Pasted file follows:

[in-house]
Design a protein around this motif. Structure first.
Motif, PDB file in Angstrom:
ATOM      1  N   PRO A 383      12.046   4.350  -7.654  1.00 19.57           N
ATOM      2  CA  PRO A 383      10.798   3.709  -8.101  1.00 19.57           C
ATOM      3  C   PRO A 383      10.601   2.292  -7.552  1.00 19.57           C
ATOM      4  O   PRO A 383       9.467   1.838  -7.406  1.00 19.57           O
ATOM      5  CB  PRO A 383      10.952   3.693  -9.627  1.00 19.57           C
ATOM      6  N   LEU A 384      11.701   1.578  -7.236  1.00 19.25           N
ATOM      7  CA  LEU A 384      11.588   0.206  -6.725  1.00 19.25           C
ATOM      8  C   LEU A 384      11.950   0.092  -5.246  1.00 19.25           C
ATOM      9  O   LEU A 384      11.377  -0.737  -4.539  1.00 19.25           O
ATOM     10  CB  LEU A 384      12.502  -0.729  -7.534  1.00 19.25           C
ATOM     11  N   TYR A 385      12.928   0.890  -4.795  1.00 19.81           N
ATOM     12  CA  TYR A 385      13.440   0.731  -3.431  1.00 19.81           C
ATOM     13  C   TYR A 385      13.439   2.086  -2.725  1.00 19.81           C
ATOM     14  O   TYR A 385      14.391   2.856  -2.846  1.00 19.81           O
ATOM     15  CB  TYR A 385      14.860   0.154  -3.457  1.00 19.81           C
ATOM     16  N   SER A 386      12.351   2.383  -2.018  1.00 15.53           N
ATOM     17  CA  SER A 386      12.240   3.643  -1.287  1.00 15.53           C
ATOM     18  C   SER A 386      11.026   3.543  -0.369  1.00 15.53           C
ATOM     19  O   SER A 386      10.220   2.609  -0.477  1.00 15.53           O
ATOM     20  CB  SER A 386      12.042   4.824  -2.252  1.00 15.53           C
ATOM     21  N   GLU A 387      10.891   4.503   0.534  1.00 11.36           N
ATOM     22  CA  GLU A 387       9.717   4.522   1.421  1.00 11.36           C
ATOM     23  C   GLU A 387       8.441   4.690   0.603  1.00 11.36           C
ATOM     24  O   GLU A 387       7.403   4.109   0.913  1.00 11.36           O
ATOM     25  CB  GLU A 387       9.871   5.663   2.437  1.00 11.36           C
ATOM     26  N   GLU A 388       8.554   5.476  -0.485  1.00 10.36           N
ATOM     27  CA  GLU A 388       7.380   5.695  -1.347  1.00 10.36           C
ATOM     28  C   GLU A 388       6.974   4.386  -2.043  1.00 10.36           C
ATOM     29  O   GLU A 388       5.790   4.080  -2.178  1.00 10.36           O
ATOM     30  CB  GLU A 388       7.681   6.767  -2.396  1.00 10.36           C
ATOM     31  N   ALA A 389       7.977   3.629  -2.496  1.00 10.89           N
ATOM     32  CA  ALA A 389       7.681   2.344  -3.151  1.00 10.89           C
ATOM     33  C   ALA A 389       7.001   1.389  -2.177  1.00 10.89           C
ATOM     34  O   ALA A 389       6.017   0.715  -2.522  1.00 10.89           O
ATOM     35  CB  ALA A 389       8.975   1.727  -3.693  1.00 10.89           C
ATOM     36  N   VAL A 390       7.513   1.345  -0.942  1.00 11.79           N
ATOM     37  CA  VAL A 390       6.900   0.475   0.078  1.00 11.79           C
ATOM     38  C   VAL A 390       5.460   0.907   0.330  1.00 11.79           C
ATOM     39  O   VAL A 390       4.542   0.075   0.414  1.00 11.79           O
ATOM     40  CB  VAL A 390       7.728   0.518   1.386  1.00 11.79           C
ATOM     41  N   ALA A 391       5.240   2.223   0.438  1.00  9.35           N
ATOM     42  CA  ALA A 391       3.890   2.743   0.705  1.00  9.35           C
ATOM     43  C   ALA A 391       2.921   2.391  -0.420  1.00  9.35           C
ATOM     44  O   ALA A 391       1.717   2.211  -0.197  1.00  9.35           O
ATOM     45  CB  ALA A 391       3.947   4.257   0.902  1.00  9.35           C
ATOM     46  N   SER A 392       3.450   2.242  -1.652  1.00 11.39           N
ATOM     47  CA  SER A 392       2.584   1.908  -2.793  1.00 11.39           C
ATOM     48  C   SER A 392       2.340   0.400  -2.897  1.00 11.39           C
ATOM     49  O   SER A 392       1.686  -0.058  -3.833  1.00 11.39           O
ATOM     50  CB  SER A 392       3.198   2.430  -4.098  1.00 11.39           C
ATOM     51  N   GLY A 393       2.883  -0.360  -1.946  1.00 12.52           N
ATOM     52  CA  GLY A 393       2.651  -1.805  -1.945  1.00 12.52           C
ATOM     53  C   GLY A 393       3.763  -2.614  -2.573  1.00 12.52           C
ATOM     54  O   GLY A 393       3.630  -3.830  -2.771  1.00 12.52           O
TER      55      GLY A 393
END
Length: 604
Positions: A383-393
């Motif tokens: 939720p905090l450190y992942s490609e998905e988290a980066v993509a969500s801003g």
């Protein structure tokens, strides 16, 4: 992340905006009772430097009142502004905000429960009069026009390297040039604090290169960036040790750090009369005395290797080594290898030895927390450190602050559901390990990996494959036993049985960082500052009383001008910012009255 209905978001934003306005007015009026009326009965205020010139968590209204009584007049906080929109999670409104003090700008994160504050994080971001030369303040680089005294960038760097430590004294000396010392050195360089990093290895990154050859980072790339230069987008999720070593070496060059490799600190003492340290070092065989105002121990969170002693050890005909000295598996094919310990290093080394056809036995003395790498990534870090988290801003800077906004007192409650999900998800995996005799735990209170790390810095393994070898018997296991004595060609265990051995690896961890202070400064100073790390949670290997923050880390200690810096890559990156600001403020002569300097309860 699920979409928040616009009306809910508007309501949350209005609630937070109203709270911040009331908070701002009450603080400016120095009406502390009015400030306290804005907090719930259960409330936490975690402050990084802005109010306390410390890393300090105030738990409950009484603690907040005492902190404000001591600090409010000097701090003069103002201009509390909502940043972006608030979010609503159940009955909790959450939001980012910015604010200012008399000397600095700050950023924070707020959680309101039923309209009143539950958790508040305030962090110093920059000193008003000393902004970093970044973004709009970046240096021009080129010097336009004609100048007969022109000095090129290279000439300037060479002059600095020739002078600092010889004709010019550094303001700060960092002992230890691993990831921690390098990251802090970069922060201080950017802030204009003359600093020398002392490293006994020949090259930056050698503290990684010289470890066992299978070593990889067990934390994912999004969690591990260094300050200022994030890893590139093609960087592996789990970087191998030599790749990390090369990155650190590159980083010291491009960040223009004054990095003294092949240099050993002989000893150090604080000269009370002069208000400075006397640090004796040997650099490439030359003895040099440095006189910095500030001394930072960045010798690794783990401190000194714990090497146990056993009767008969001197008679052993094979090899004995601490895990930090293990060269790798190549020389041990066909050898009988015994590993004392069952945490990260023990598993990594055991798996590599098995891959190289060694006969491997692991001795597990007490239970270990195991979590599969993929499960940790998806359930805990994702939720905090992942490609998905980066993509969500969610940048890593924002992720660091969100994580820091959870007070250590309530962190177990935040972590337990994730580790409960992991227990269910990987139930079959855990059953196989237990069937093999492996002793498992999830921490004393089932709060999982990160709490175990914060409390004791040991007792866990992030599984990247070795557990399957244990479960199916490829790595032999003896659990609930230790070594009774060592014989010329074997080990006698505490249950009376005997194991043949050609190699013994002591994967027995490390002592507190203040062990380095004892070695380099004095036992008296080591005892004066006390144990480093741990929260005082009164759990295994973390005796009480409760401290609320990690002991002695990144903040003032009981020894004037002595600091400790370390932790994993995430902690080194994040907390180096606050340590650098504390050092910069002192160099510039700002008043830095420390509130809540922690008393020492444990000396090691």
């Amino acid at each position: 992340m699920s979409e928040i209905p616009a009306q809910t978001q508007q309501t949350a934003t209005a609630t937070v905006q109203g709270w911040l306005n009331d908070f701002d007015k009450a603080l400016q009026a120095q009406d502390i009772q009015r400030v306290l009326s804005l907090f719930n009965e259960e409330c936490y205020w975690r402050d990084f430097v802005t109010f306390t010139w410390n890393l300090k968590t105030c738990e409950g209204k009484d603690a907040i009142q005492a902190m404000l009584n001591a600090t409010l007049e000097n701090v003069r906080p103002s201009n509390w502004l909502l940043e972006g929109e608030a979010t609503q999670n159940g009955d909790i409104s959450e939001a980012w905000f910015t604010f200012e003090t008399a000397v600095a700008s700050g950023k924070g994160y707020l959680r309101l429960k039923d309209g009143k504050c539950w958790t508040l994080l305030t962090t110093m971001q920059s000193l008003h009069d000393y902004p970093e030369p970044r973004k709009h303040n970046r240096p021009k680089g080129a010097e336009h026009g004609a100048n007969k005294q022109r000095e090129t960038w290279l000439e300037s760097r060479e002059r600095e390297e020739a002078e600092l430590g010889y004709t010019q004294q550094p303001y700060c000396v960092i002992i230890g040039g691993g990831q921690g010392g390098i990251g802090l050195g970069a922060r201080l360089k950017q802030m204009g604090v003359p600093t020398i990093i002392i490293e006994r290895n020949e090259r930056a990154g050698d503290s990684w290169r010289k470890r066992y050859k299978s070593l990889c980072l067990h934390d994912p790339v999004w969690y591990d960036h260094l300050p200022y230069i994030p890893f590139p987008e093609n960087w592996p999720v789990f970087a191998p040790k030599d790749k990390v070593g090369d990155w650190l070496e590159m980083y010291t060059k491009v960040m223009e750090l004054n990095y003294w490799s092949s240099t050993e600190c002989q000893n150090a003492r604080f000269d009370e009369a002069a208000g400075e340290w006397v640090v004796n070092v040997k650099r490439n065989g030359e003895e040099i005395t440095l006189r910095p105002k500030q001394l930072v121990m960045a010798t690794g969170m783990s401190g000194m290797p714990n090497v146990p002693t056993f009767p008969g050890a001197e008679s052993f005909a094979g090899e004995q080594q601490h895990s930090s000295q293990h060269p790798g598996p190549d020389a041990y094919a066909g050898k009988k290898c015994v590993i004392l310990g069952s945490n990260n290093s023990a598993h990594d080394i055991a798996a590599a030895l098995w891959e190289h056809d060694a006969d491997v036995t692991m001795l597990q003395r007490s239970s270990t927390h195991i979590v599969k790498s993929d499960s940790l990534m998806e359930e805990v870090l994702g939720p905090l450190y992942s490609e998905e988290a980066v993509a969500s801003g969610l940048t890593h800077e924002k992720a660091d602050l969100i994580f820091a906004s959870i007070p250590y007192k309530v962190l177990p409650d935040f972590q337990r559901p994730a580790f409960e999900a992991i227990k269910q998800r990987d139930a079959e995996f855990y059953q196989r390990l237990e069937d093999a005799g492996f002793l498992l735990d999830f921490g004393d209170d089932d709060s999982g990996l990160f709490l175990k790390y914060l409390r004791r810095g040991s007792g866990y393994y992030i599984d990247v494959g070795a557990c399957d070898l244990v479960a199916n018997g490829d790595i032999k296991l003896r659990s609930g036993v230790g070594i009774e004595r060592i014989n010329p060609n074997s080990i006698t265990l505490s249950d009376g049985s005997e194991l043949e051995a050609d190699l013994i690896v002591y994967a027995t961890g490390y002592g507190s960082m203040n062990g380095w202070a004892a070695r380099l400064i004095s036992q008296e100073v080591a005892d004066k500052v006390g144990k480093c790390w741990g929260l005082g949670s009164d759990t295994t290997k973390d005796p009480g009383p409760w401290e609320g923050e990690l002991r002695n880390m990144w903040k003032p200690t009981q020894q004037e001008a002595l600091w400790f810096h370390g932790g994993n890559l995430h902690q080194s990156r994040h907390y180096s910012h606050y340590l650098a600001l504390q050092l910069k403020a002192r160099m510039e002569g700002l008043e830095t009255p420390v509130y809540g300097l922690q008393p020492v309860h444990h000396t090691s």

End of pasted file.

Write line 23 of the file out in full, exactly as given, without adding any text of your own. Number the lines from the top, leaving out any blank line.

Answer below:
ATOM     20  CB  SER A 386      12.042   4.824  -2.252  1.00 15.53           C